Crane’s The Blue Hotel – reading comprehension worksheet

On one hand, I’m a little discouraged to find so many reading comprehension worksheets already available on the web, gratis.  One site boasts 1000 passages, albeit for K-6th grades.  And this is just one of many, many sites devoted to making the teacher’s job a little easier, which is not a bad thing, of course.  But I wonder if the worksheets I create and post here are redundant

but no!  Most of the resources available seem to be aimed at the lower grades.  Thus far I have chosen rather difficult passages from classic literature and the level is advanced.  (Perhaps, this will be my niche.) In classic works, you can readily find varied and complex syntax, which students need steady exposure to.  In my experience, students seem to have as much trouble with syntax as vocabulary, figurative language, or anything else.

Today’s worksheet is based on the opening paragraph of Stephen Crane’s short novel The Blue Hotel –

The Palace Hotel at Fort Romper was painted a light blue, a shade that is on the legs of a kind of heron, causing the bird to declare its position against any background. The Palace Hotel, then, was always screaming and howling in a way that made the dazzling winter landscape of Nebraska seem only a gray swampish hush. It stood alone on the prairie, and when the snow was falling the town two hundred yards away was not visible. But when the traveller alighted at the railway station he was obliged to pass the Palace Hotel before he could come upon the company of low clapboard houses which composed Fort Romper, and it was not to be thought that any traveller could pass the Palace Hotel without looking at it. Pat Scully, the proprietor, had proved himself a master of strategy when he chose his paints. It is true that on clear days, when the great trans-continental expresses, long lines of swaying Pullmans, swept through Fort Romper, passengers were overcome at the sight, and the cult that knows the brown-reds and the subdivisions of the dark greens of the East expressed shame, pity, horror, in a laugh. But to the citizens of this prairie town and to the people who would naturally stop there, Pat Scully had performed a feat. With this opulence and splendor, these creeds, classes, egotisms, that streamed through Romper on the rails day after day, they had no color in common.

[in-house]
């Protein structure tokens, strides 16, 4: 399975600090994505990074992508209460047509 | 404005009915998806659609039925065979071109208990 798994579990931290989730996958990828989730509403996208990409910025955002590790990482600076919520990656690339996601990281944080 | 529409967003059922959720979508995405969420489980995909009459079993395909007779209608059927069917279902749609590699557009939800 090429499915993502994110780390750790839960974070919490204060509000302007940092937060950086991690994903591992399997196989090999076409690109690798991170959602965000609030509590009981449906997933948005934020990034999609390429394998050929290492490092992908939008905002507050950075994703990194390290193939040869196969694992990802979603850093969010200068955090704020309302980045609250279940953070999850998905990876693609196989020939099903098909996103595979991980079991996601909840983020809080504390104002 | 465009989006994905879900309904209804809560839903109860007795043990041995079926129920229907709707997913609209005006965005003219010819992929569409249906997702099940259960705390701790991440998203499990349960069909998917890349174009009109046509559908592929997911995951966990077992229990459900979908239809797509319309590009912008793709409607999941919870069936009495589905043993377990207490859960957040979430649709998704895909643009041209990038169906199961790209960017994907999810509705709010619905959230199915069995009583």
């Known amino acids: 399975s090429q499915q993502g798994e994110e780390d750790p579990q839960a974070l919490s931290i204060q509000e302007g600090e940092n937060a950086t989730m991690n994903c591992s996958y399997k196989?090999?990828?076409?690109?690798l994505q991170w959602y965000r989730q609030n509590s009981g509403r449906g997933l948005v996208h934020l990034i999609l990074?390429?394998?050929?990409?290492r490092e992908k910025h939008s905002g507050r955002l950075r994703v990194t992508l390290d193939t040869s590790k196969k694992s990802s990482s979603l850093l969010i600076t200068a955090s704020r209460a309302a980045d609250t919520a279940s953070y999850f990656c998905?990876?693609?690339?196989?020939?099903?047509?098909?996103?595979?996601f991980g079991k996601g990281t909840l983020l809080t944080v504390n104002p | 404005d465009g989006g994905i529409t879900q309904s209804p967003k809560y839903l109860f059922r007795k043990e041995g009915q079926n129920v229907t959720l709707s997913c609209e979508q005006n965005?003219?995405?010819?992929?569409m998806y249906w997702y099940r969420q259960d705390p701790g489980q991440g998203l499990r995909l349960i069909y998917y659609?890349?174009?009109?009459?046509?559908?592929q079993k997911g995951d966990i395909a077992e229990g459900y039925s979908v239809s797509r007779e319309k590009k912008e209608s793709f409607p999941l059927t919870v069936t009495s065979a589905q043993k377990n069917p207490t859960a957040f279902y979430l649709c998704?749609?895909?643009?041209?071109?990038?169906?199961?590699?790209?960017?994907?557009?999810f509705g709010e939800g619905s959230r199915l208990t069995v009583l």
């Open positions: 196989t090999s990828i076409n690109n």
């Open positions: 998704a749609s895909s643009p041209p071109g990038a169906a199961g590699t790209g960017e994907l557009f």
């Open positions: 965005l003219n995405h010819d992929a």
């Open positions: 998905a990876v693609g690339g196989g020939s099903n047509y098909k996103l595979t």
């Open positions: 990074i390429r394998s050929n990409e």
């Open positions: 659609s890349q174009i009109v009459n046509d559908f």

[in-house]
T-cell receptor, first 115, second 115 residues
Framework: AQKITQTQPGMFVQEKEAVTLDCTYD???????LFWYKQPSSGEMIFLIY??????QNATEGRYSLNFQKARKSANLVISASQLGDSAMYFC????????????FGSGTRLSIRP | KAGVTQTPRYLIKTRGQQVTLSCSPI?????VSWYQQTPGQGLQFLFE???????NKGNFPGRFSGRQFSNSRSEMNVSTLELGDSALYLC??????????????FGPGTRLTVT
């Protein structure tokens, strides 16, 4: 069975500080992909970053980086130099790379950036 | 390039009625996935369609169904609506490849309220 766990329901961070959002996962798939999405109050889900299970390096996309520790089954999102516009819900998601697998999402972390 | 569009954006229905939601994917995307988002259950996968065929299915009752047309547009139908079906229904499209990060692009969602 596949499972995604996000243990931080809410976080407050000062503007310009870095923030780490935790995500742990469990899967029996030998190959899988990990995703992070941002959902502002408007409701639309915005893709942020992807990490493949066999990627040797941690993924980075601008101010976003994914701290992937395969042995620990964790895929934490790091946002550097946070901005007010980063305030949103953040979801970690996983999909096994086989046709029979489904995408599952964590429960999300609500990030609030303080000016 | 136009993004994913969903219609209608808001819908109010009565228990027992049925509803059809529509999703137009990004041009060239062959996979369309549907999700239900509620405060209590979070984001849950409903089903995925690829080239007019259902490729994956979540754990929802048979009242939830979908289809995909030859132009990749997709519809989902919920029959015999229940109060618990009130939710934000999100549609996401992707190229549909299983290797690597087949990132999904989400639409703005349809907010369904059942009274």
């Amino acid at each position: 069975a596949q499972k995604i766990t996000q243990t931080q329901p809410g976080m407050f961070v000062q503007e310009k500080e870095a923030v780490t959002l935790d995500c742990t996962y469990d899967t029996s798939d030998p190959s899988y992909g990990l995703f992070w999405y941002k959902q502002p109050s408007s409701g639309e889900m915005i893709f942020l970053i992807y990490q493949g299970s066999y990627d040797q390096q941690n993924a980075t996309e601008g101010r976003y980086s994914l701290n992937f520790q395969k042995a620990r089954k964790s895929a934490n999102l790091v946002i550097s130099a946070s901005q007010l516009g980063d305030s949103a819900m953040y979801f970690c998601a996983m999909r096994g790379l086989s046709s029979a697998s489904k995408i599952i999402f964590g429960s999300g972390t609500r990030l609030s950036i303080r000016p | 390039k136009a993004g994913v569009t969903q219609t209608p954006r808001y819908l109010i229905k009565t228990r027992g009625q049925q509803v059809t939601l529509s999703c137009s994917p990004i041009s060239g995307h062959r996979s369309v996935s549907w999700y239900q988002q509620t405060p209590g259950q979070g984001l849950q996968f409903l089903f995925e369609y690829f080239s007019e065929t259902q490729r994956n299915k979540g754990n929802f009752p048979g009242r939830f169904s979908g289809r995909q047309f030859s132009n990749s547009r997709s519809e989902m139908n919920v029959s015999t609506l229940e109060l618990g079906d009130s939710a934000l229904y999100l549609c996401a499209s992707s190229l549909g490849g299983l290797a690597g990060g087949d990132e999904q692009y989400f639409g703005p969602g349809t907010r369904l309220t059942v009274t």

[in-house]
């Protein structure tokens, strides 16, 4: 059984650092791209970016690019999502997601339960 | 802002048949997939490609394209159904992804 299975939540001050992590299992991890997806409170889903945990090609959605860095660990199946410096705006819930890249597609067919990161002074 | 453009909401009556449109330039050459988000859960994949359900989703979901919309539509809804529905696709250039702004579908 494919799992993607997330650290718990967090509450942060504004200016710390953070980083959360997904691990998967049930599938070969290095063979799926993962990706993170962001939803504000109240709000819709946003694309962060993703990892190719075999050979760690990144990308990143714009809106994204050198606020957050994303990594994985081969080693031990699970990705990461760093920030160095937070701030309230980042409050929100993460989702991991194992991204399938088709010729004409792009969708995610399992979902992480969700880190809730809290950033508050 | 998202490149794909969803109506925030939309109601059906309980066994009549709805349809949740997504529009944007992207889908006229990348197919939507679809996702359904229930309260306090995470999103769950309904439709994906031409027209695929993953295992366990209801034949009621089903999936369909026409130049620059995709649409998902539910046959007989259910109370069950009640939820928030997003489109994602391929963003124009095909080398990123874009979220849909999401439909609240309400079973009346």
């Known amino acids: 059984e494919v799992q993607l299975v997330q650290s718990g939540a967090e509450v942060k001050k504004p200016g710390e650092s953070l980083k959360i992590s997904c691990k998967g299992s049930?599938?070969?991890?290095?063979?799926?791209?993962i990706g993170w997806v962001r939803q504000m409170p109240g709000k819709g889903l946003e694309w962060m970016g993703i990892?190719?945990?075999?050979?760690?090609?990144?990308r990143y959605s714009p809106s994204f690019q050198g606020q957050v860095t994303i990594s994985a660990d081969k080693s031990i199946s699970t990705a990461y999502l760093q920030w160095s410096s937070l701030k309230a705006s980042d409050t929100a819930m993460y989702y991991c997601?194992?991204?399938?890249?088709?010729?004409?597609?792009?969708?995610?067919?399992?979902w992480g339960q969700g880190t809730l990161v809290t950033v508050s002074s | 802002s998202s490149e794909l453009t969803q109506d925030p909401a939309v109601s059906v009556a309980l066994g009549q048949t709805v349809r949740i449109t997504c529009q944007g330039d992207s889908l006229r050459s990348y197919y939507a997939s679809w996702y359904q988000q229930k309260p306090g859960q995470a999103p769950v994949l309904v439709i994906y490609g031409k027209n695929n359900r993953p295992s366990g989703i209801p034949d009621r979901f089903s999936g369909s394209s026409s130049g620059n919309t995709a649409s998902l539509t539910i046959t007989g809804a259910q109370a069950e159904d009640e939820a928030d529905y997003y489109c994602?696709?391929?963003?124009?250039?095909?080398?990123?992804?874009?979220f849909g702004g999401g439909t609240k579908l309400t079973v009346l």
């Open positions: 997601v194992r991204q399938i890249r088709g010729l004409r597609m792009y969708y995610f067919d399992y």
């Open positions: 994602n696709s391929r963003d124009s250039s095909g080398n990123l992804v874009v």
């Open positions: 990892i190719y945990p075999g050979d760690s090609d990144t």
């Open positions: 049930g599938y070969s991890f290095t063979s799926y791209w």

A fine paragraph.  Probably difficult for even a college student.  The student may have to read the paragraph a couple of times to realize that it’s about the rather garish blue color of a hotel, a hotel in the boondies of Nebraska. The first sentence presents an image of a bird, “a kind of heron” whose legs are blue, the same blue color of the hotel.  The next sentence

The Palace Hotel, then, was always screaming and howling in a way that made the dazzling winter landscape of Nebraska seem only a gray swampish hush.

contains two synaesthetic metaphors.  Sound imagery “screaming and howling” is used to describe how the hotel looks and similarly the appearance of the winter landscape is described as a “hush.”  The worksheet doesn’t ask about this interesting use of figurative language, but teachers might point it out to students.  Again, this kind of delving into a text shows students the possibilities of language and hopefully inspire them to produce some complex prose of their own.


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